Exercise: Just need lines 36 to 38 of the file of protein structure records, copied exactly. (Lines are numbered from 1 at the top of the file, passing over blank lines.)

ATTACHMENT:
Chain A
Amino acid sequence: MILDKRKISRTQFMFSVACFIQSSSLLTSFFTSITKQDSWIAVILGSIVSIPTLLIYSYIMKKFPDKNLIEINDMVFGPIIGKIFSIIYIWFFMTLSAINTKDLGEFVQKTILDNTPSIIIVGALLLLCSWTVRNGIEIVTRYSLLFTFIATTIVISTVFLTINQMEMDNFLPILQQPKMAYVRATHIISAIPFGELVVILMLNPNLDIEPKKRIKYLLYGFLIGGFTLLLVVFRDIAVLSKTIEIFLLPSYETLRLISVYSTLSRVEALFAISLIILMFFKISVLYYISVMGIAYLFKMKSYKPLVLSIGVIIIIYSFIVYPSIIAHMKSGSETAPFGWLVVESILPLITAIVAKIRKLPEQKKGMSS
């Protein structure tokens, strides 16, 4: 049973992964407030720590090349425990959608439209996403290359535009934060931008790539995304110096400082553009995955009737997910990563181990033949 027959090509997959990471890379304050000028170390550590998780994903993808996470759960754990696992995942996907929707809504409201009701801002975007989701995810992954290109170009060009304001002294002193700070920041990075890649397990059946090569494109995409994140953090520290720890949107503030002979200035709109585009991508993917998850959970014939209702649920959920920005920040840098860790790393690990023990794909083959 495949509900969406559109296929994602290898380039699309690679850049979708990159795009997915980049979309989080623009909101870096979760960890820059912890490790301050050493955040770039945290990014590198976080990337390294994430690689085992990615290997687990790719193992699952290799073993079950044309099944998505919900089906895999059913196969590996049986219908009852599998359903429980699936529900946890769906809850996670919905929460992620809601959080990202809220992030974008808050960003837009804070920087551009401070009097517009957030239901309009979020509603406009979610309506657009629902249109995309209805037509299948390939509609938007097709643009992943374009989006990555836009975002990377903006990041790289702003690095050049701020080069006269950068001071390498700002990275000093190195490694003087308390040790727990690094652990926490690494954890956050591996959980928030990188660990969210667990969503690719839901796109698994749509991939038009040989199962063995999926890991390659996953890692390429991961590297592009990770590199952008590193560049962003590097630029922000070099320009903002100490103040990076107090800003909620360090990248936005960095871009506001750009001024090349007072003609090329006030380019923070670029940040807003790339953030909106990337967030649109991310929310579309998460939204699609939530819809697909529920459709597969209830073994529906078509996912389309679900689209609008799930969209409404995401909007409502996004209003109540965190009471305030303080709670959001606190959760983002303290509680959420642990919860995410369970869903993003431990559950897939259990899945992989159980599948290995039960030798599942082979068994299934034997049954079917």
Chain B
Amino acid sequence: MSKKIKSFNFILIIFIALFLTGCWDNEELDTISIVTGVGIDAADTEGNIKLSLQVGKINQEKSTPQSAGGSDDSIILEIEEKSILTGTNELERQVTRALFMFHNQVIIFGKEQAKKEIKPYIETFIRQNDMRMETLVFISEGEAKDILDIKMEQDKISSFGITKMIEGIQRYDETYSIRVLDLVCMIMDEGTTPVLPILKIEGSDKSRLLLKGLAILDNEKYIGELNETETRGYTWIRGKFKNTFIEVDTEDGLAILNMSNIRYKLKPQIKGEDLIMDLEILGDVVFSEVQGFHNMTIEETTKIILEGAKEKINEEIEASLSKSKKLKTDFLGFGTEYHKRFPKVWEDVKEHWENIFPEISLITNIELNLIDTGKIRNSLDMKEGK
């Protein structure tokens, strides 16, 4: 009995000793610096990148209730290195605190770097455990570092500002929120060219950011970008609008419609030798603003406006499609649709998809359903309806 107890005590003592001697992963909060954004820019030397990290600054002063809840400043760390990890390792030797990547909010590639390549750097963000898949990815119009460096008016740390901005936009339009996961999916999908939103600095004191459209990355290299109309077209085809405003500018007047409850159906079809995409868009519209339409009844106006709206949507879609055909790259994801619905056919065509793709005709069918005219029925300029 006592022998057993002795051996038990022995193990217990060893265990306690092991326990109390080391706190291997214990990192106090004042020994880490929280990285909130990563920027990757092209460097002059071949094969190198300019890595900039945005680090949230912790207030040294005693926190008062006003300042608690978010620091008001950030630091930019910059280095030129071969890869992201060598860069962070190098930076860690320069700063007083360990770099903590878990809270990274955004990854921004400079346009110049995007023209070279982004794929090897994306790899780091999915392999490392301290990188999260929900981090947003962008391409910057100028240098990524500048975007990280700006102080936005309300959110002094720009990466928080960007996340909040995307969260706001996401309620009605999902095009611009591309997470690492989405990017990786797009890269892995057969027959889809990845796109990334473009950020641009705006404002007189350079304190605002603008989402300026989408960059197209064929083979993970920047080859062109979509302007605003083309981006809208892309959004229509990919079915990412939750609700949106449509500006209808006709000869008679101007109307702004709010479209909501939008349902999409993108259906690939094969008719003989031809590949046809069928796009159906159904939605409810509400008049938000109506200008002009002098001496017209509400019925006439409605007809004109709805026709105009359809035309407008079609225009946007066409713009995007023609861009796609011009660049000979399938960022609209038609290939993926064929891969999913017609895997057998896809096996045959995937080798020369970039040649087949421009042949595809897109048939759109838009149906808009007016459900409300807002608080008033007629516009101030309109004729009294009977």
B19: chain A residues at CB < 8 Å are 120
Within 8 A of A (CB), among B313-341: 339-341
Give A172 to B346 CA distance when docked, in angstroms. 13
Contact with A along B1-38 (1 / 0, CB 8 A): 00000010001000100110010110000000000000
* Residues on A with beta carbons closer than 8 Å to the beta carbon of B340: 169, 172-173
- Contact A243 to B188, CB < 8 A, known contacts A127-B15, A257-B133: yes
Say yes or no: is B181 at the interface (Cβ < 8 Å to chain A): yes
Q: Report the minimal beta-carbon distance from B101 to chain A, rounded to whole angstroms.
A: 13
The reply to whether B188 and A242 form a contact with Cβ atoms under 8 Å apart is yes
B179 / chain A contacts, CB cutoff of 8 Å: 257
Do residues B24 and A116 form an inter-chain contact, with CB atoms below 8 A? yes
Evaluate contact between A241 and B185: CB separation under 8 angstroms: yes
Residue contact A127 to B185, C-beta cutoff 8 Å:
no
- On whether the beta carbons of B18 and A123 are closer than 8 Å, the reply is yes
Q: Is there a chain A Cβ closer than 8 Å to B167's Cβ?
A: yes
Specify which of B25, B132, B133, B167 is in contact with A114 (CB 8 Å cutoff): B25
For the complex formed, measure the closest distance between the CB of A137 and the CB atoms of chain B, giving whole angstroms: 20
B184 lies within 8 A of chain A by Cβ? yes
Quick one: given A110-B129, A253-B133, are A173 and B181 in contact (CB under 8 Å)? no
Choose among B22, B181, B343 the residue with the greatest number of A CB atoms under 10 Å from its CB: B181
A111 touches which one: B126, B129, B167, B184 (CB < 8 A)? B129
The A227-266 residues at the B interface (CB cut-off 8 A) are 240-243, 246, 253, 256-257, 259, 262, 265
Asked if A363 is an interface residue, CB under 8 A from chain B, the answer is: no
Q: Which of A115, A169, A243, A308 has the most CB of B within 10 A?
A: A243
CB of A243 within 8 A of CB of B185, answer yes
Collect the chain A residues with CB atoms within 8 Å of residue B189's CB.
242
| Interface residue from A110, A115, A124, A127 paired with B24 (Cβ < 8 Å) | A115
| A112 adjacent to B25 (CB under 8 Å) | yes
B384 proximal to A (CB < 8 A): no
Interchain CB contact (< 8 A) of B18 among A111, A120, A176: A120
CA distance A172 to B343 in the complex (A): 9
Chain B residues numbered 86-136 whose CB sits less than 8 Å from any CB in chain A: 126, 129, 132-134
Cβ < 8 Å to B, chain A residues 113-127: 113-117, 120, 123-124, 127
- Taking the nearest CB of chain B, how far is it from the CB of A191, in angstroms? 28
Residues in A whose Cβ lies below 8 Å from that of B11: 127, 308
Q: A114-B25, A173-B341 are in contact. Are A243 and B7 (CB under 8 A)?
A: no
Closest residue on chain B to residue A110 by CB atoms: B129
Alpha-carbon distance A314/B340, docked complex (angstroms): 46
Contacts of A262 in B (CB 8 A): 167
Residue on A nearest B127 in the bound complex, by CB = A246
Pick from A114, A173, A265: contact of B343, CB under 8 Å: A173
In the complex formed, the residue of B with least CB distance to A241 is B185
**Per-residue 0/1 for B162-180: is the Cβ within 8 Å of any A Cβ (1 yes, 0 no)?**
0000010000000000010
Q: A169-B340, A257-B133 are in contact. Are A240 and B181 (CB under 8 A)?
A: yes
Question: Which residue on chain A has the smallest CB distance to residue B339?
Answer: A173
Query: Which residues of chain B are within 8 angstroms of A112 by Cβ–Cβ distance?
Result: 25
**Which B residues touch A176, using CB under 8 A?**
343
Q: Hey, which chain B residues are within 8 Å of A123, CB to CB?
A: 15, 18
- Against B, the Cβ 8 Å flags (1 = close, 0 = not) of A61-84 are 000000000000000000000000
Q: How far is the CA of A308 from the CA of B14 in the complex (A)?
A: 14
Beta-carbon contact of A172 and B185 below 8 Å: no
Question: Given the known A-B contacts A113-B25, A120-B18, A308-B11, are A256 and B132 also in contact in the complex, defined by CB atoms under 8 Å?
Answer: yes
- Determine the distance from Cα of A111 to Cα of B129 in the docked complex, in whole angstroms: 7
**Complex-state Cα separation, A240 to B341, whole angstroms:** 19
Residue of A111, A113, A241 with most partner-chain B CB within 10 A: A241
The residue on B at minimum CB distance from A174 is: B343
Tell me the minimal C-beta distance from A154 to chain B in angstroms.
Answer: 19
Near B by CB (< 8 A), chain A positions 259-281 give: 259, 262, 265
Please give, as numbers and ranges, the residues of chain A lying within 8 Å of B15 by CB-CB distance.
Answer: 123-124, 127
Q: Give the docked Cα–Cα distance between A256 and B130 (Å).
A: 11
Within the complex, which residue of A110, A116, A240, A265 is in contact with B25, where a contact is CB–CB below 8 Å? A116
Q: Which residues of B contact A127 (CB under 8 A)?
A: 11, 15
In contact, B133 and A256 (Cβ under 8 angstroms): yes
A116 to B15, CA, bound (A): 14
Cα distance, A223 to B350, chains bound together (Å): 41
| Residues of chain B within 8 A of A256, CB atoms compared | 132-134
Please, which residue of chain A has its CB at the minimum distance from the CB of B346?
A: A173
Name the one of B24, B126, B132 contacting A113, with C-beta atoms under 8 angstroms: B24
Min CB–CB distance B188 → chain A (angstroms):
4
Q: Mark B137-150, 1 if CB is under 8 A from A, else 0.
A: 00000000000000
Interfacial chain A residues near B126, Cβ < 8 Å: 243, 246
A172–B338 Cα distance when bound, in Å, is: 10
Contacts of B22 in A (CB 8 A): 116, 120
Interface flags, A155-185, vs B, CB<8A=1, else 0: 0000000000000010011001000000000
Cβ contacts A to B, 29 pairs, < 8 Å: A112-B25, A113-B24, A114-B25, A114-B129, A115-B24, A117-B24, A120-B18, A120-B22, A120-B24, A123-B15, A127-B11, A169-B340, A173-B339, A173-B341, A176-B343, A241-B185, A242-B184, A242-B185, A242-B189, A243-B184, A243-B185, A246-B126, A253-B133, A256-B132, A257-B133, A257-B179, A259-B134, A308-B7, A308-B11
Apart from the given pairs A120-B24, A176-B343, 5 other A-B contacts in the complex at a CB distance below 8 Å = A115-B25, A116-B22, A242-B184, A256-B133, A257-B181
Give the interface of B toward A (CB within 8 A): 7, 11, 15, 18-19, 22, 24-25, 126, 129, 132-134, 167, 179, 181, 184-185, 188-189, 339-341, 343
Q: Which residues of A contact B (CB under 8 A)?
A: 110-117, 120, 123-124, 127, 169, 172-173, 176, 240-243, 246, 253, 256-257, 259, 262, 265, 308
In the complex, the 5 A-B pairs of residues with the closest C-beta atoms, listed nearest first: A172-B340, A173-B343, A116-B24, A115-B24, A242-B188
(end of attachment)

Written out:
Collect the chain A residues with CB atoms within 8 Å of residue B189's CB.
242
| Interface residue from A110, A115, A124, A127 paired with B24 (Cβ < 8 Å) | A115